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Demystifying Synthetic Biology: Building with the power of biology

Technology today is defined by superlatives: we have the fastest cars, the best medicine, and the most advanced communication tools ever known. Yet despite humanity’s technological progress, we face serious global challenges like climate change, food and health inequality, and a growing population. How can we meet even basic demands for food, clothing, and medicine in a world that’s rapidly growing and developing, without doing more harm to the environment in the process? Synthetic biology can help address these existing and emerging global challenges.

At its core, synthetic biology – also known as engineering biology or biodesign – has a straightforward mission: to build the foundation of a bio-based, sustainable economy. Like many growing fields of science, it has generated a lot of attention, resulting in myths and gaps in expectation that we aim to address here. This is the first of a blog series where Antheia will share what synthetic biology means to us, and how it is solving real-world problems.

What is Synthetic Biology?

Synthetic biology is essentially using the power of biology to make a product or even create an entirely new bio-based compound. Though the term was first coined in the early 1900s, what we know as ‘synthetic biology’ came about in the early 2000s – the result of five decades of advancement in molecular biology, genome sequencing, and DNA synthesis – focusing on the design and engineering of bio-based systems to create novel compounds and materials. The field exists in contrast to synthetic chemistry, a process that uses chemical reactions (often petrochemical-derived) to produce compounds or materials such as rubber, and offers an array of advantages that we will explore in this blog series.

At Antheia, synthetic biology involves engineering a host organism, like yeast or bacteria, to make something that it typically is unable to produce. The giant technological leaps enabling synthetic biology became transformational tools, improving our ability to read, write, and synthesize DNA – the shared language of life – at an affordable cost. For some perspective on how much this has changed, the price tag on reading the human genome has dropped from well over $10 M in 2003 to around $1,000 today. Equipped with these game-changing tools, the precision engineering of microorganisms with synthetic biology took off.

The field is interdisciplinary, leveraging tools and technologies from several fields including molecular biology, chemistry, and engineering, and applying them to a Design-Build-Test-Learn (DBTL) cycle. This iterative approach allows the industry to develop products executing complex processes like genetic engineering and fermentation. The DBTL cycle is adapted from the precision data-driven world of engineering and lets synthetic biologists harness the power of biology by precisely controlling microorganism engineering and bioprocess development. Synthetic biology as a practice has also embraced wider technologies like automation in the form of liquid handling robots and machine learning. These tools help rapidly scale the DBTL cycle and are accelerating product optimization towards manufacturing.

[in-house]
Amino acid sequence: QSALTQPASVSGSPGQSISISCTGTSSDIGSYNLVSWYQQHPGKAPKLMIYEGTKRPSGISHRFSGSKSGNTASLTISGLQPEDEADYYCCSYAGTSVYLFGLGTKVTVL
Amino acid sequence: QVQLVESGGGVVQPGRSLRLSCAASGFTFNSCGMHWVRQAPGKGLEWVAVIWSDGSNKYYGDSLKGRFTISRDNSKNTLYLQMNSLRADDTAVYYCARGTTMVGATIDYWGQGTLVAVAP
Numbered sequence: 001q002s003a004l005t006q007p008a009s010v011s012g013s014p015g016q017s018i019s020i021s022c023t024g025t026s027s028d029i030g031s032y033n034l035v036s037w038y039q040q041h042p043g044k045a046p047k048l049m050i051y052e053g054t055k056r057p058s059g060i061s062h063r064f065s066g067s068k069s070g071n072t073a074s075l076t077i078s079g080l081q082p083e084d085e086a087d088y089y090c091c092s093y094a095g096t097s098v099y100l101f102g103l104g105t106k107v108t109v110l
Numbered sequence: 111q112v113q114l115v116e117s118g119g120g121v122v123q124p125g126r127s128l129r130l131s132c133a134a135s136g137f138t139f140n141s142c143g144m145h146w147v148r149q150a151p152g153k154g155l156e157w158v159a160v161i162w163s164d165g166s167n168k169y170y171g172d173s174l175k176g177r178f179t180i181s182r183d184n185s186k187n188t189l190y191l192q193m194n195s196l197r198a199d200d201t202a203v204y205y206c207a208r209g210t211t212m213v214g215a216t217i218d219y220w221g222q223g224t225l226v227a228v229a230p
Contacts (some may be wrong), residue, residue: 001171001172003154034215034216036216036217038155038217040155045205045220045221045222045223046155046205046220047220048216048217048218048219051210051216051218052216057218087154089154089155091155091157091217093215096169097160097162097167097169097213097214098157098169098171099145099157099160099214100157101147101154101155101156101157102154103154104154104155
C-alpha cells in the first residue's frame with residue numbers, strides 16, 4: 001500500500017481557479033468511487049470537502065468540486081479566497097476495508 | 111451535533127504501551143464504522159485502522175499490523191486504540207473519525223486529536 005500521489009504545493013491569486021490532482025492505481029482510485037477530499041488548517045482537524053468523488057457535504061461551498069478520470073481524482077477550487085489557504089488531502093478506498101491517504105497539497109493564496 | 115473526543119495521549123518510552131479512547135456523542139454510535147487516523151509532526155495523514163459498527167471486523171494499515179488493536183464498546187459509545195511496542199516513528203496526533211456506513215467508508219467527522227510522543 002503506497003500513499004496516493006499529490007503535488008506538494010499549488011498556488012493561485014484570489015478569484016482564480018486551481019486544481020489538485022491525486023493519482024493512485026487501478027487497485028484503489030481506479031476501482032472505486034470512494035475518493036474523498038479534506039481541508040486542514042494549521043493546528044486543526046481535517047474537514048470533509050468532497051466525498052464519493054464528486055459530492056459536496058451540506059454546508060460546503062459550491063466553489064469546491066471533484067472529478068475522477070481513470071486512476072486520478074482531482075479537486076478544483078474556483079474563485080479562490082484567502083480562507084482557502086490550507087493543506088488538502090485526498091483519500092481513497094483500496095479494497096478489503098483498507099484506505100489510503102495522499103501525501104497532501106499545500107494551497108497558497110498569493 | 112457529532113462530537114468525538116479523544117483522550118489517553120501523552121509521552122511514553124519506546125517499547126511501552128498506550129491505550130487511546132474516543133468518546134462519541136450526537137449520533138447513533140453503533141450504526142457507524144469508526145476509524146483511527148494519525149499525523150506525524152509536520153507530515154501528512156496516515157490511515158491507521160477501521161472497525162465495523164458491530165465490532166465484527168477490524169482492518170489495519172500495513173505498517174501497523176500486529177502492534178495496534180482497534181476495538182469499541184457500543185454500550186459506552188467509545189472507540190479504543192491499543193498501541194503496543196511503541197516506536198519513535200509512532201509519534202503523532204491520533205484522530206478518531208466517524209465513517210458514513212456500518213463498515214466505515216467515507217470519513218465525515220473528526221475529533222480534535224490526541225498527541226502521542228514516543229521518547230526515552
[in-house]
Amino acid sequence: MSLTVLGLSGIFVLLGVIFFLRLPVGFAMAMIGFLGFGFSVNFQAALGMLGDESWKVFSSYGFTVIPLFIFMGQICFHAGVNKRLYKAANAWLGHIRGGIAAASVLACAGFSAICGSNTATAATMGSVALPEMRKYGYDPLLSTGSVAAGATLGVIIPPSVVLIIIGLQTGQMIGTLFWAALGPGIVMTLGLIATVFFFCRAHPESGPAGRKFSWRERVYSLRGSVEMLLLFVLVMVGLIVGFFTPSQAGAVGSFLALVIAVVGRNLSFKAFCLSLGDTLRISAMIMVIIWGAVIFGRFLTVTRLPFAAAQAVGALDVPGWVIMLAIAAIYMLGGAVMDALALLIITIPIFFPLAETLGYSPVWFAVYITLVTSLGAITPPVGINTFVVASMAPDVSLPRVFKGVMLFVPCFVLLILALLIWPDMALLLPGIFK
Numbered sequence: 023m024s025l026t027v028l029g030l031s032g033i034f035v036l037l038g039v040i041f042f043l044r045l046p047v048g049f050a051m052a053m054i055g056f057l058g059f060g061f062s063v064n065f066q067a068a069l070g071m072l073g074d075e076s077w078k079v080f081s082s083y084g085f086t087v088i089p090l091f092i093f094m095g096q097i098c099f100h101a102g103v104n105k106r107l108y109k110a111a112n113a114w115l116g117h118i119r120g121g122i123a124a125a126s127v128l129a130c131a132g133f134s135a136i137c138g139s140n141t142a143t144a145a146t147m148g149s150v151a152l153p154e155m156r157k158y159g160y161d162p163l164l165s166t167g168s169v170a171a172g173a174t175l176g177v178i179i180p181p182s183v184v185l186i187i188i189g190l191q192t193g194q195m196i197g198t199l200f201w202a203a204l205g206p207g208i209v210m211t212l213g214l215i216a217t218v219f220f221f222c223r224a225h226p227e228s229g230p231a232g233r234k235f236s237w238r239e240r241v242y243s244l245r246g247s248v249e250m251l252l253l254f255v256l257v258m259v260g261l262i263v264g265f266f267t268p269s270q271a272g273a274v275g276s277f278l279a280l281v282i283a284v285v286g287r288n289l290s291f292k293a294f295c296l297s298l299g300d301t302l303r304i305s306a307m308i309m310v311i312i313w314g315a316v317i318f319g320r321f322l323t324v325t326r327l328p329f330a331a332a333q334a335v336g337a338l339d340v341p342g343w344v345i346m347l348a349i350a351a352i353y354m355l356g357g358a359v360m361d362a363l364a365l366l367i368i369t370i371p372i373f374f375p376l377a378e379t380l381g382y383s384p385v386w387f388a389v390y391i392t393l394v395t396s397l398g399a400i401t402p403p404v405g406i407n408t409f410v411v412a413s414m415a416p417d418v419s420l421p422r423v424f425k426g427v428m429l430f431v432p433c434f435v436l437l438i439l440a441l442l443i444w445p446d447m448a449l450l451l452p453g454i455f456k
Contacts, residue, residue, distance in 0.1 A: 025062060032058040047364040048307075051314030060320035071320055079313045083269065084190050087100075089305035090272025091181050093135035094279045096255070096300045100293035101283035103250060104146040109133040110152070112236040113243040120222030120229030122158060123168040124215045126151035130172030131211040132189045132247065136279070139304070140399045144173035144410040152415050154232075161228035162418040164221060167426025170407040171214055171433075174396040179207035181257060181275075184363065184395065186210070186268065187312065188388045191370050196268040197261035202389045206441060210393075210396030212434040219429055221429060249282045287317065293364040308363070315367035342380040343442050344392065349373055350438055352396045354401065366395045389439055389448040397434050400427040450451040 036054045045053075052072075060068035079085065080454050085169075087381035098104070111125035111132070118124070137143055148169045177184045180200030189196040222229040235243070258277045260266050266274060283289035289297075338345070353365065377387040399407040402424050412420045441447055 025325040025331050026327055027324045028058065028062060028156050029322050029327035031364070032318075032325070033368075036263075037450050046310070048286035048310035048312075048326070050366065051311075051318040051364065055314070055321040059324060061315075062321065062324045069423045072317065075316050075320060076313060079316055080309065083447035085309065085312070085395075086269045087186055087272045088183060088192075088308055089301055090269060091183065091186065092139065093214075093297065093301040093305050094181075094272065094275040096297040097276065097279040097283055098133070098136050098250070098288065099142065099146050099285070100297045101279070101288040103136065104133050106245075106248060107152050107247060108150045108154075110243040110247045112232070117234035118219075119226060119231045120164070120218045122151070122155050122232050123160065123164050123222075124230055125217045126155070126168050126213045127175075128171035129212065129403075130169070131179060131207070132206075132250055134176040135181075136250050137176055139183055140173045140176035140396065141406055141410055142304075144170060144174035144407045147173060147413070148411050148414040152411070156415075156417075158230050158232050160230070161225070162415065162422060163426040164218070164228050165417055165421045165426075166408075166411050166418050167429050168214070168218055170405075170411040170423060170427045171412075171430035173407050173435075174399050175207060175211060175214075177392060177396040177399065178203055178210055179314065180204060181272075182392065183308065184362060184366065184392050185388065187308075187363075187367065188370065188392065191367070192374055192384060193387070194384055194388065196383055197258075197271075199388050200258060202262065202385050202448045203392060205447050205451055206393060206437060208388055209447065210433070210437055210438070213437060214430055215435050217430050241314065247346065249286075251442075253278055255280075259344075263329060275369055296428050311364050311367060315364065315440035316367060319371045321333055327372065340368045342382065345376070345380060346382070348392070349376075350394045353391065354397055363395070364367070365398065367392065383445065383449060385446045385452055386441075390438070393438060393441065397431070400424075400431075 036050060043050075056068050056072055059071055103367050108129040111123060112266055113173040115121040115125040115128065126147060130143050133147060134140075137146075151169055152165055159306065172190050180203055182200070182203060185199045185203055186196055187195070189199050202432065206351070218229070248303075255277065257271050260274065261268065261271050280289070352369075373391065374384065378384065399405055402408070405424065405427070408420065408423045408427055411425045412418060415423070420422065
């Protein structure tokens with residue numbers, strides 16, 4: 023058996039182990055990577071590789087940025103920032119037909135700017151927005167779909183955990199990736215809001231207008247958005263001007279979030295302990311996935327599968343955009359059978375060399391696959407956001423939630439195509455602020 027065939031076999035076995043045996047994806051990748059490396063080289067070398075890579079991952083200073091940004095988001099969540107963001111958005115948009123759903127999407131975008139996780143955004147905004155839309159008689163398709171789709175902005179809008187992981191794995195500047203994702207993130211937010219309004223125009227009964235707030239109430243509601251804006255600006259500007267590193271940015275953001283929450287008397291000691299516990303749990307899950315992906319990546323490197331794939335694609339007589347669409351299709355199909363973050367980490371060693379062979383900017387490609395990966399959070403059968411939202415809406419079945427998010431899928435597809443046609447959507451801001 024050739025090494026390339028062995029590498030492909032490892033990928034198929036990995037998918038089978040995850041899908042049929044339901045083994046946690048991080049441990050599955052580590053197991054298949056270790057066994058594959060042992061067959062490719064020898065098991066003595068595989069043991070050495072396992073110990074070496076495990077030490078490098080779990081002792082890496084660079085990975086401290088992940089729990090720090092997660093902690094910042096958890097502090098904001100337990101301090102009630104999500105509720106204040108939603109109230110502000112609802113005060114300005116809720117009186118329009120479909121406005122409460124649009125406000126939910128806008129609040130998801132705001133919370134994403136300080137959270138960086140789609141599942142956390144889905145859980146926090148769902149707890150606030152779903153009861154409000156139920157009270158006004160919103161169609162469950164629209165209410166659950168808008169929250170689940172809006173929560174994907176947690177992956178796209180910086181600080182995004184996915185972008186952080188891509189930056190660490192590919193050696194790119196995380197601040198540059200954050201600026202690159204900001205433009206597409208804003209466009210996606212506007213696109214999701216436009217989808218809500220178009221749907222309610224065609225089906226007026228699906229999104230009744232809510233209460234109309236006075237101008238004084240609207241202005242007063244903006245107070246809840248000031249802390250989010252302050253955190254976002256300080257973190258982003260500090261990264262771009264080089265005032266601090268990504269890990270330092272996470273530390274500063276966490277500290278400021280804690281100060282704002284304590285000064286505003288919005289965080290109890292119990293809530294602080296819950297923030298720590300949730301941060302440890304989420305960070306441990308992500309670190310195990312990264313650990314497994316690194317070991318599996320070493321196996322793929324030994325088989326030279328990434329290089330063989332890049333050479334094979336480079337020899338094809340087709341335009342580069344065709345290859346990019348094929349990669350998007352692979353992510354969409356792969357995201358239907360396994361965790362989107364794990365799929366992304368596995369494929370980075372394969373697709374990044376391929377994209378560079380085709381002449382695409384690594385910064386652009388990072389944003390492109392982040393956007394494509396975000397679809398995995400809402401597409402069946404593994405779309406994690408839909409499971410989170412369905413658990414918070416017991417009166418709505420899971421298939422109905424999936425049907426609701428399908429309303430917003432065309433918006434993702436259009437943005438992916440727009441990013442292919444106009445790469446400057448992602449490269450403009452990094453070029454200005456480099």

A Not-So-New Idea

These technologies proved themselves decades ago in therapeutics. In the 1970s, diabetics were treated with insulin extracted from pig pancreas glands, but this was extremely inefficient. A single pound of insulin required 23,500 animals. Manufacturers Eli Lilly needed 56 million animals per year to meet the growing demand in the US alone, so they turned to Genentech for a synthetic insulin solution. The Genentech team not only managed to create synthetic human insulin – one that was better tolerated by patients than the pig-derived insulin – but they also found a way to manufacture it in commercially relevant quantities. Using E. coli bacteria as a microbial factory, they replaced the trainloads of pig pancreases previously required to meet the insulin demand for diabetes patients.

A similar story unfolded for antibiotics during the Golden Age of Antibiotics from the 1950s to the 1970s. While a plethora of natural antibiotics were discovered in bacteria and fungi, including penicillin and other clinically relevant classes such as macrolides and cephalosporins, their manufacture relied on optimizing fermentation processes as well as genetic manipulation to increase yields. Early antibiotics were compromised by antibiotic resistance which developed quickly as genes encoding resistance to these natural products spread rapidly – penicillin resistance was first detected a decade after its discovery and before it was clinically approved. Cross-breeding, genetic manipulation, and chemical augmentation helped give rise to new classes of semi-synthetic and synthetic antibiotics like azoles and quinolones that we rely on today to treat antibiotic-resistant infections.

Amino acids – the building blocks of proteins and other biologically important precursor compounds – also received a boost from biomanufacturing. These building blocks are critical components of therapeutics, cleaning products, and food ingredients. Initially, amino acids were produced by chemical synthesis, but this resulted in two mirrored forms of the amino acid in equal amounts – the L-form, the active ingredient used by most life-forms, and the unspecific D-form which is often biologically inactive or causes adverse reactions and required further purification to separate. Biosynthesis by fermentation or biologically-derived enzymes became attractive alternatives to chemical synthesis, creating just one of the L or D forms depending on the metabolic pathway or enzyme specificity and so saving on purification costs. L-Alanine is an attractive target today due to its unique properties as a low-calorie sweetener and the rising demand for protein supplements.